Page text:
What is Parkinson’s disease?
Parkinson’s is a degenerative disorder affecting the central nervous system. While the cause of the disease itself is unknown, the symptoms are a result of dopamine-generating cells in the brain dying.
What are symptoms of Parkinson’s disease?
According to the National Institute of Neurological Disorders and Stroke, there are four primary symptoms of Parkinson’s disease.
- Tremors, or trembling in hands, arms, legs, jaw and face
- Rigidity, or stiffness of the limbs or trunk
- Bradykinesia, or slowness of movement
- Postural instability, or impaired balance and coordination
The initial symptoms of Parkinson’s disease are subtle, and gradually increase with time. The progression of the symptoms varies patient to patient, but in time, the tremors and other symptoms make certain daily activities more difficult.
The three most common risk factors for Parkinson’s disease are age (the older you get the more at risk you are), genetics (having a close relative with the disease) and gender (men are more likely than women to develop the disease).
What are the treatments for Parkinson’s disease?
Unfortunately, there is no cure for the disease. But there are treatments available to help address the symptoms.
“Parkinson’s disease is a clinical diagnosis, meaning there is no lab test or medical scan that confirms a diagnosis,” said Mengjing Chloe Huan, MD, Neurohospitalist at Intermountain Medical Center. “Oftentimes those methods are used to rule out other diseases, but the actual diagnosis is based on a clinical exam.”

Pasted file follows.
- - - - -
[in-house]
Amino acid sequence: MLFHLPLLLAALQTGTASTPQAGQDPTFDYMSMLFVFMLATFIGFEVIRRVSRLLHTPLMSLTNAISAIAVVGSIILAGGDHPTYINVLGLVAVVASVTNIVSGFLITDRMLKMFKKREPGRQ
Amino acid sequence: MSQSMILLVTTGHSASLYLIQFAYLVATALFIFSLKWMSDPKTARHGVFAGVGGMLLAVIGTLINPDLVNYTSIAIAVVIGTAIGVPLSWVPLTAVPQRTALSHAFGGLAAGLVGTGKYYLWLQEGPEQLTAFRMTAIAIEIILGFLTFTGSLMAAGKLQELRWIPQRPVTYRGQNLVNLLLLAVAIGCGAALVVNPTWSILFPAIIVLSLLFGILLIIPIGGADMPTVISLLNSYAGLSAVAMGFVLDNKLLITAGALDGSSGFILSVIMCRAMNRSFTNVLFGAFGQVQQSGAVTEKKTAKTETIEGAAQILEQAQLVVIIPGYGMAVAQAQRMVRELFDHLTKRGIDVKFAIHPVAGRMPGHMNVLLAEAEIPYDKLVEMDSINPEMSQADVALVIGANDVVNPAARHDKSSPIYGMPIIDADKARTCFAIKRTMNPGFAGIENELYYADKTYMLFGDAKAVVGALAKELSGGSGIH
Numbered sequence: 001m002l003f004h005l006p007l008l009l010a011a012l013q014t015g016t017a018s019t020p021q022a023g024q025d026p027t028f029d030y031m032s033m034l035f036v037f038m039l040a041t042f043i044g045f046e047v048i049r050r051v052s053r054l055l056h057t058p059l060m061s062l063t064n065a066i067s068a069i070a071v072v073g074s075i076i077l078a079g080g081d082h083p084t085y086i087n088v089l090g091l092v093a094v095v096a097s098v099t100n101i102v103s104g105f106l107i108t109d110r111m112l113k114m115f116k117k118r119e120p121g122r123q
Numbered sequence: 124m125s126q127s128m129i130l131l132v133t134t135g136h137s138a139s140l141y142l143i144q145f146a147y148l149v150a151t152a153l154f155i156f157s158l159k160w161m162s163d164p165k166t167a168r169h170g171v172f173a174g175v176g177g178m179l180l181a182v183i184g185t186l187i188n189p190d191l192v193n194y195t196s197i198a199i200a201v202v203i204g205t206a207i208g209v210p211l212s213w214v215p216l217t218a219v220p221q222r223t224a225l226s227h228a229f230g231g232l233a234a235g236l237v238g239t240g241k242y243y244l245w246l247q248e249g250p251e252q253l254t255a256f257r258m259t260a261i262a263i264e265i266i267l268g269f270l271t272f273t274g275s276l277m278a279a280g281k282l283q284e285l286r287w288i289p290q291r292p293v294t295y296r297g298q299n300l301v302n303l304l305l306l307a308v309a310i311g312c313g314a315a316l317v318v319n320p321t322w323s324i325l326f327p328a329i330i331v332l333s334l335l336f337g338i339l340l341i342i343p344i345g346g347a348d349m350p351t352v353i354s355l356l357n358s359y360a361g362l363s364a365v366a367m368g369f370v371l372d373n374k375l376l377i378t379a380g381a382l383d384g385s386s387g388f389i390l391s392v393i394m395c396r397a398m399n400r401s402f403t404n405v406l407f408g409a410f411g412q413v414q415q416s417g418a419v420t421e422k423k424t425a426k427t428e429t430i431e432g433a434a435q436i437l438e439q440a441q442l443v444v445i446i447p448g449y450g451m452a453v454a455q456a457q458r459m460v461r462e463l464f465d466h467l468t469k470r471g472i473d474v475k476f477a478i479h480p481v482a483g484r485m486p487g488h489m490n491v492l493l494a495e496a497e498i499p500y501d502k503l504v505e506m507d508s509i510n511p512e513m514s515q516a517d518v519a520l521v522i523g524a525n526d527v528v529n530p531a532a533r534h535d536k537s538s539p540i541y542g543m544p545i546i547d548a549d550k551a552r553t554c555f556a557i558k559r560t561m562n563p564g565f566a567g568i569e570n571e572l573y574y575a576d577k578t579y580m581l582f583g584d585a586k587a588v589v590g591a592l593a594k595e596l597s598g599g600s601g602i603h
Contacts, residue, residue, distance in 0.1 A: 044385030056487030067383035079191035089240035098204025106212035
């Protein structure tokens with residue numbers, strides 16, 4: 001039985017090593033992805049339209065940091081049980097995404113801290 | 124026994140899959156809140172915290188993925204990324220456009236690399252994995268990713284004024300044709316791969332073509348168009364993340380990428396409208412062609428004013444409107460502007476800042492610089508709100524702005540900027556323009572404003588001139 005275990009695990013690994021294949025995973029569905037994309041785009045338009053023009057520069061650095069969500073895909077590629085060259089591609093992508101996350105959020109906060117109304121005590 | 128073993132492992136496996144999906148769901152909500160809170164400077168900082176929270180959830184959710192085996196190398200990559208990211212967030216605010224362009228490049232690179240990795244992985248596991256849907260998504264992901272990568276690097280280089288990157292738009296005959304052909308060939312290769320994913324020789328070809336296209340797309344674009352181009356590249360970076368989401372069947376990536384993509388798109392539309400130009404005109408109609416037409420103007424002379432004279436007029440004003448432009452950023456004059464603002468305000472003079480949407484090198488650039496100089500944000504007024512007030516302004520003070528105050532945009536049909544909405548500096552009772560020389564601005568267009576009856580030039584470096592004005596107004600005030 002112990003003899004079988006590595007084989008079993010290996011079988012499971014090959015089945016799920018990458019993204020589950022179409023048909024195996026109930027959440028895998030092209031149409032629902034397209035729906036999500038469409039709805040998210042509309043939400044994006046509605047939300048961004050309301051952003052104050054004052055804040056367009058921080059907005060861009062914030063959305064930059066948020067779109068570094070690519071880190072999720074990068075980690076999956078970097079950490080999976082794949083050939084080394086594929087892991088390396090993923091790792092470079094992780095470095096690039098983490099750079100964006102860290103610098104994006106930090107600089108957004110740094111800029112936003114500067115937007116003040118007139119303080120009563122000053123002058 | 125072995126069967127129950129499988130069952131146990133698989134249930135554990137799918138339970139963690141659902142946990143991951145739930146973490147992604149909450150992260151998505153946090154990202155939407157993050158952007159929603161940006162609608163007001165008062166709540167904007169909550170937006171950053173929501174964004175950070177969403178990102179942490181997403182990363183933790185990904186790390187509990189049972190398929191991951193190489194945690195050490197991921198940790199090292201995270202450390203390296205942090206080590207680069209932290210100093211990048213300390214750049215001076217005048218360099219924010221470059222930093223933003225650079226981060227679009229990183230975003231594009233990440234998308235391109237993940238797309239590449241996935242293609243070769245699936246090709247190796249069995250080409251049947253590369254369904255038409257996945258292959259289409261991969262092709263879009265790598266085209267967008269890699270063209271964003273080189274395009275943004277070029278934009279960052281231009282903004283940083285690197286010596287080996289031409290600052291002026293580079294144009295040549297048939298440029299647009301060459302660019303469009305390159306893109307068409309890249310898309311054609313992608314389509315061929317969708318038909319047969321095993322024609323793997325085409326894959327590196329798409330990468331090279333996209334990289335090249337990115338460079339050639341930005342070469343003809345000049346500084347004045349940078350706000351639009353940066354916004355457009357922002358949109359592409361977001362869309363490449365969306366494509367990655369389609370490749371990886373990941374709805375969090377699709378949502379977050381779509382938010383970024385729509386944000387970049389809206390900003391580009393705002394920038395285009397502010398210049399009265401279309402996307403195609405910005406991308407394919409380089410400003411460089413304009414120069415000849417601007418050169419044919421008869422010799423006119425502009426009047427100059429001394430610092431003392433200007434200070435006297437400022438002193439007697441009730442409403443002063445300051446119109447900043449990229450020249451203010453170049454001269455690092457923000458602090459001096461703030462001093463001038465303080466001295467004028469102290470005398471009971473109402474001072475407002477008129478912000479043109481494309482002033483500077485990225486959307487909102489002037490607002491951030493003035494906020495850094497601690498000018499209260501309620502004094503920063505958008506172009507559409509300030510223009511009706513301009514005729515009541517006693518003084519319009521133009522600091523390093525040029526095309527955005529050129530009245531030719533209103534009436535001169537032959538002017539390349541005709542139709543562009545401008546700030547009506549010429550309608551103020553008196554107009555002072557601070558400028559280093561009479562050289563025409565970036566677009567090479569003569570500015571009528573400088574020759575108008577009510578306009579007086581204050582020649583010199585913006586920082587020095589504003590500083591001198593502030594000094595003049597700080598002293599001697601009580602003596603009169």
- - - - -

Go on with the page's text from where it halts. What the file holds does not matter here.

Following a diagnosis of Parkinson’s disease, medications are used to help address the symptoms.
“Medications are not the only treatment strategy for Parkinson’s,” said Dr. Huan. “Exercise and physical therapy are also very important elements used in addressing the symptoms of the disease.”
If the effectiveness of the medications decreases as the disease progresses, surgery may be an option. Deep Brain Stimulation can help control the tremors associated with Parkinson’s. During the procedure, a neurosurgeon will implant electrical leads into the brain and connect them to a small device that is placed in the patient’s chest similar to a pacemaker. The device gives off electrical pulses that correct the misfirings of the brain that are causing the Parkinson’s symptoms.
“The only viable option was to find some way to take back control of my body,” said Reggie Welles, who had the procedure in October 2013. While he still can’t play the piano, he has been able to return to his favorite hobby – building radio-controlled model aircraft from scratch. Ed Yeates from KSL5 shared Reggie’s story earlier this year.
For more information about Parkinson’s disease, contact the Neurosciences Institute at Intermountain Medical Center.